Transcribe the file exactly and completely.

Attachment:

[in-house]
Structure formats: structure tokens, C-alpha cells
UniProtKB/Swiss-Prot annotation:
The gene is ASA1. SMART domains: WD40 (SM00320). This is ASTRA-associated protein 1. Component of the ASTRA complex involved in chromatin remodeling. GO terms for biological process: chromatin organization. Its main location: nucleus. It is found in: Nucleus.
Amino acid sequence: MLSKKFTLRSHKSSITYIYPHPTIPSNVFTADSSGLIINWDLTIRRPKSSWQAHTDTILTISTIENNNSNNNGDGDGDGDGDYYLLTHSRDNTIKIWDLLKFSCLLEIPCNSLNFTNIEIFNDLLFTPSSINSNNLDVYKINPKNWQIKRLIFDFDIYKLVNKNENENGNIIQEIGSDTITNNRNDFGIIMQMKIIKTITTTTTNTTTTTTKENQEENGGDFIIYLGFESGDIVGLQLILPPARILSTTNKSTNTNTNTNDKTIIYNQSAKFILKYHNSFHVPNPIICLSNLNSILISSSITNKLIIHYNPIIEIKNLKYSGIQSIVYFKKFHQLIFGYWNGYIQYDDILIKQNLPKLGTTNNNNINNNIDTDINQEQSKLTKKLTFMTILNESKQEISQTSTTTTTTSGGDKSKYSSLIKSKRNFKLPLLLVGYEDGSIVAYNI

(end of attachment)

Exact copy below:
[in-house]
Structure formats: structure tokens, C-alpha cells
UniProtKB/Swiss-Prot annotation:
The gene is ASA1. SMART domains: WD40 (SM00320). This is ASTRA-associated protein 1. Component of the ASTRA complex involved in chromatin remodeling. GO terms for biological process: chromatin organization. Its main location: nucleus. It is found in: Nucleus.
Amino acid sequence: MLSKKFTLRSHKSSITYIYPHPTIPSNVFTADSSGLIINWDLTIRRPKSSWQAHTDTILTISTIENNNSNNNGDGDGDGDGDYYLLTHSRDNTIKIWDLLKFSCLLEIPCNSLNFTNIEIFNDLLFTPSSINSNNLDVYKINPKNWQIKRLIFDFDIYKLVNKNENENGNIIQEIGSDTITNNRNDFGIIMQMKIIKTITTTTTNTTTTTTKENQEENGGDFIIYLGFESGDIVGLQLILPPARILSTTNKSTNTNTNTNDKTIIYNQSAKFILKYHNSFHVPNPIICLSNLNSILISSSITNKLIIHYNPIIEIKNLKYSGIQSIVYFKKFHQLIFGYWNGYIQYDDILIKQNLPKLGTTNNNNINNNIDTDINQEQSKLTKKLTFMTILNESKQEISQTSTTTTTTSGGDKSKYSSLIKSKRNFKLPLLLVGYEDGSIVAYNI